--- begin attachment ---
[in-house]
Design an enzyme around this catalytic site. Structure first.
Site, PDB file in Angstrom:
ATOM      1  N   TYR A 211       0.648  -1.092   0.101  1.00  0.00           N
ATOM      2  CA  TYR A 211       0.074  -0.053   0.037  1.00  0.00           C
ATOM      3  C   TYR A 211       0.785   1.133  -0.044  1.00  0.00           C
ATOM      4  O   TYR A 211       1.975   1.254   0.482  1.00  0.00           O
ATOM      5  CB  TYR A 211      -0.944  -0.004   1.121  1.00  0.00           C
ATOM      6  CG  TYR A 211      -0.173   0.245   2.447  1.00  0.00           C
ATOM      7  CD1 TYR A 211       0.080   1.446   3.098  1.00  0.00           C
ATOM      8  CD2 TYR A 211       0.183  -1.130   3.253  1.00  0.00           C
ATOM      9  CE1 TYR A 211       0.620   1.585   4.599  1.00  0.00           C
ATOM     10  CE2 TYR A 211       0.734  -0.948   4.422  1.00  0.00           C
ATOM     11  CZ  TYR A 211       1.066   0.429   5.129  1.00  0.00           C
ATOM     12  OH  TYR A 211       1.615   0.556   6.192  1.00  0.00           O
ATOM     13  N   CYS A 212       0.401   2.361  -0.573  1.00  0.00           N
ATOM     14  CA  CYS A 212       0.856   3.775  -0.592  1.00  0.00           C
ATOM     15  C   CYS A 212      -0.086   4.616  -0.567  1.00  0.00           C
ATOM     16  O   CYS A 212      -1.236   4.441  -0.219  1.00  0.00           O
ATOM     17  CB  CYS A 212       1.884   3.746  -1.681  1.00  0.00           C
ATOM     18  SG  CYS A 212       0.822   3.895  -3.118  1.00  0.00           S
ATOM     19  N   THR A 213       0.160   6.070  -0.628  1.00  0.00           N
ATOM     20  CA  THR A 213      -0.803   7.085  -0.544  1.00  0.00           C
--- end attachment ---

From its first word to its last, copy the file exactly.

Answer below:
[in-house]
Design an enzyme around this catalytic site. Structure first.
Site, PDB file in Angstrom:
ATOM      1  N   TYR A 211       0.648  -1.092   0.101  1.00  0.00           N
ATOM      2  CA  TYR A 211       0.074  -0.053   0.037  1.00  0.00           C
ATOM      3  C   TYR A 211       0.785   1.133  -0.044  1.00  0.00           C
ATOM      4  O   TYR A 211       1.975   1.254   0.482  1.00  0.00           O
ATOM      5  CB  TYR A 211      -0.944  -0.004   1.121  1.00  0.00           C
ATOM      6  CG  TYR A 211      -0.173   0.245   2.447  1.00  0.00           C
ATOM      7  CD1 TYR A 211       0.080   1.446   3.098  1.00  0.00           C
ATOM      8  CD2 TYR A 211       0.183  -1.130   3.253  1.00  0.00           C
ATOM      9  CE1 TYR A 211       0.620   1.585   4.599  1.00  0.00           C
ATOM     10  CE2 TYR A 211       0.734  -0.948   4.422  1.00  0.00           C
ATOM     11  CZ  TYR A 211       1.066   0.429   5.129  1.00  0.00           C
ATOM     12  OH  TYR A 211       1.615   0.556   6.192  1.00  0.00           O
ATOM     13  N   CYS A 212       0.401   2.361  -0.573  1.00  0.00           N
ATOM     14  CA  CYS A 212       0.856   3.775  -0.592  1.00  0.00           C
ATOM     15  C   CYS A 212      -0.086   4.616  -0.567  1.00  0.00           C
ATOM     16  O   CYS A 212      -1.236   4.441  -0.219  1.00  0.00           O
ATOM     17  CB  CYS A 212       1.884   3.746  -1.681  1.00  0.00           C
ATOM     18  SG  CYS A 212       0.822   3.895  -3.118  1.00  0.00           S
ATOM     19  N   THR A 213       0.160   6.070  -0.628  1.00  0.00           N
ATOM     20  CA  THR A 213      -0.803   7.085  -0.544  1.00  0.00           C